On Fri, Jun 27, 2014 at 3:53 AM, 'Petros Moisiadis' via Ansible Project
wrote:
On 06/26/2014 10:22 PM, Michael DeHaan wrote:




On Thu, Jun 26, 2014 at 3:10 PM, 'Petros Moisiadis' via Ansible Project
wrote:
On 06/26/14 21:06, Michael DeHaan wrote:

"Ansible can do this kind of loops, but only for a single task. It does
not offer a way to repeat a number of different tasks as a group."

Agreed, we really aren't trying to create a programming language.


When a need to support a common task execution scenario arises and
Ansible cannot handle it, I consider it a limitation. We are not trying to
create a programming language, but we are all using Ansible to script task
execution scenarios. I expect to be able to tell my machines "repeat that
group of tasks until something becomes ready or reaches some limit". This
is speaking to my machines and telling them what to do, it's not
programming. I think Ansible can be improved on that aspect.


I think you're picking at words a bit - it's programming computers to do
things. There are going to be cases where something like the script module
are going to apply.

Having ansible evolve entirely into a general purpose programming
language would make a very very bad programming language.

I'm ok if that's something we can't do, because it's going to be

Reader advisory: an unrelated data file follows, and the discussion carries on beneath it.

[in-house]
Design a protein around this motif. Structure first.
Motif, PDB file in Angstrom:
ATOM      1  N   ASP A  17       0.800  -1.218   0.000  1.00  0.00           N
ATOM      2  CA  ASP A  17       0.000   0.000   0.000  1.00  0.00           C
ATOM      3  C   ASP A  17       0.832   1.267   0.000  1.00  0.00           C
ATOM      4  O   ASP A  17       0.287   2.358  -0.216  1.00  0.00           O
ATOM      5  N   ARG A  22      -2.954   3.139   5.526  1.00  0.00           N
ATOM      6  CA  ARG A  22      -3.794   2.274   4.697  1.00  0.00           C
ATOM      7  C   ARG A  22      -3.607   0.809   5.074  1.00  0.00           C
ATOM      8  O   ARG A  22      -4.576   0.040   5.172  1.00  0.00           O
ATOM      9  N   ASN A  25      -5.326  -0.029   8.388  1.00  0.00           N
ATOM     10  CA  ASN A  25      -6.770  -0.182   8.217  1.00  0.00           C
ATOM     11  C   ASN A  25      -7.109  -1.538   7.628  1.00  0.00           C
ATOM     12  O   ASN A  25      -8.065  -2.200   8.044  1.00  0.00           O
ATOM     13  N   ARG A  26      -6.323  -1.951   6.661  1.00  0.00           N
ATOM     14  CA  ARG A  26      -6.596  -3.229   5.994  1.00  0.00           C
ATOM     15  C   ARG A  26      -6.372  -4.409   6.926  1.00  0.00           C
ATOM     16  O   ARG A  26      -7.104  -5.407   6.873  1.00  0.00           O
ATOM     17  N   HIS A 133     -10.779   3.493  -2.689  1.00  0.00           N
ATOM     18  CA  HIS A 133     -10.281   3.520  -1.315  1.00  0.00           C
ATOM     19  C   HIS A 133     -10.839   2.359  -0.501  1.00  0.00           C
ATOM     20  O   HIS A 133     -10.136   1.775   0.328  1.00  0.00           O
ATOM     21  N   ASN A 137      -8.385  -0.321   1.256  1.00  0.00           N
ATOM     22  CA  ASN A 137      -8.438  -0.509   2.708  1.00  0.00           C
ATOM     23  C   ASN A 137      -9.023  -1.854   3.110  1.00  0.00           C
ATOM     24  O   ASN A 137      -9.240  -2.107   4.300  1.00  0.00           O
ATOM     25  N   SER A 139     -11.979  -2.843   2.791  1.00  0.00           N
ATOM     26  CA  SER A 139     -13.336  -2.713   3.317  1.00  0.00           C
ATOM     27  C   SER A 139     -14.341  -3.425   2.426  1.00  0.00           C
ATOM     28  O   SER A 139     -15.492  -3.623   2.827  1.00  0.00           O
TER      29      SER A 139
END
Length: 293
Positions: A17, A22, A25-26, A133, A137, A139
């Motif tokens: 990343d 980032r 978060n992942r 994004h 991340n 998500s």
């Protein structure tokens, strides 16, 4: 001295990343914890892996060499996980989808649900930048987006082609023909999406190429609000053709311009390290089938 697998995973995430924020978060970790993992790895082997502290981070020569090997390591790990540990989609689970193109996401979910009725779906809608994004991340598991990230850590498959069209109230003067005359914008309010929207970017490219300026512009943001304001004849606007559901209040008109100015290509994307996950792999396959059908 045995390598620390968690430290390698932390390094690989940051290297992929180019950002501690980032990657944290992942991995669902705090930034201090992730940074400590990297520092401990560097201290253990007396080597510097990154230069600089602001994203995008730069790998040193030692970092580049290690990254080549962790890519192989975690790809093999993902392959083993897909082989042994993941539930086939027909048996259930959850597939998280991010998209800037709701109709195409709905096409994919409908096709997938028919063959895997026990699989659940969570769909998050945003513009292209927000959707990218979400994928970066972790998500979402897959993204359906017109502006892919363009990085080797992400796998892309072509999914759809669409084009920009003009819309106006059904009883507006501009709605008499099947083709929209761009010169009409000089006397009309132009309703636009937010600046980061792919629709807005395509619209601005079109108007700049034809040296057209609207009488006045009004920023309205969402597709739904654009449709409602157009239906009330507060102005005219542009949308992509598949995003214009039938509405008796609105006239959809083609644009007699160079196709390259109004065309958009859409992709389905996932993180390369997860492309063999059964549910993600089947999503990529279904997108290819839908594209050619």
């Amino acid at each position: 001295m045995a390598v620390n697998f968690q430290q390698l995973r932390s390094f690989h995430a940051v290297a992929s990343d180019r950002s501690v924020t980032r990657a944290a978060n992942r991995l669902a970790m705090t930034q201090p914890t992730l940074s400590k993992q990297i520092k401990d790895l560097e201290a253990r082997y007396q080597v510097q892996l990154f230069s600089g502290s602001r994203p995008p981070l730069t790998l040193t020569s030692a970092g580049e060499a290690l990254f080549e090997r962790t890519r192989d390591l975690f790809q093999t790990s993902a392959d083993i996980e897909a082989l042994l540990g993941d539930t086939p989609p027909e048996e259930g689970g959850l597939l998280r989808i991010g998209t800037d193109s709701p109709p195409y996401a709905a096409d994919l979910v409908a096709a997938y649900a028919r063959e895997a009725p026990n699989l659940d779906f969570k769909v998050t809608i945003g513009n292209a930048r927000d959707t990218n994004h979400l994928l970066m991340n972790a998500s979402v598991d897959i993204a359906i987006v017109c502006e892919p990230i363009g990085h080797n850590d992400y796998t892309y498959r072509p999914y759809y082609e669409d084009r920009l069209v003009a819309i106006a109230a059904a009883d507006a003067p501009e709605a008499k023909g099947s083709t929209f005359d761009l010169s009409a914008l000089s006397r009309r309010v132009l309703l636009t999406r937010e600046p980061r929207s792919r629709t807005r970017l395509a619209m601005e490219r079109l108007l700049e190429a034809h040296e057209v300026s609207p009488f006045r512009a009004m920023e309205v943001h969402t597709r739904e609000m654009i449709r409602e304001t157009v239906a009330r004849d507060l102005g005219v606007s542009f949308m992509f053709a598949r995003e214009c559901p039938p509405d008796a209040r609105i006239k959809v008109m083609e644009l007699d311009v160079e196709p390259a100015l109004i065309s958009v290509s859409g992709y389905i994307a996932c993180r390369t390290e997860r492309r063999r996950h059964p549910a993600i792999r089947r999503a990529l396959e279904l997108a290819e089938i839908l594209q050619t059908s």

impossible to do /everything/.

Ansible is already more flexible than any other config system out there,
because it's more stepwise, versus compiled-model based (even the coded ones
use DSLs still compile down).


Ansible is powerful as a configuration system for bringing systems in a
desired state and flexible for deploying software, but it could be more
flexible as a task execution engine for things such as feedback-based
repeated execution and bootstrapping of custom clustering environments (not
using ready-made amazon's or google's or rackspace's cloud engine
products/services) based on complex nested data. This flexibility could come
from increasing flexibility in creating task loops.

It seems that you are not interested in going that direction with the
excuse that more flexible loops are for programming languages. However, the
fact that programming languages are very flexible in creating loops does not
mean that other languages/systems (including Ansible) will automatically
turn into programming languages if they become more flexible in that. Loops
are natural. They are a very basic concept. They are everywhere in life, not
only in programming, and people start learning about and using them from the
very beginning. We have all played "Snakes and Ladders" as kids, which is
exactly a loop of repeating steps until you reach a goal. So, having a
'goback' feature, for example, would be like being swallowed by a snake and
going to repeat your previous steps :D. Nothing to worry about programming
languages and other monsters...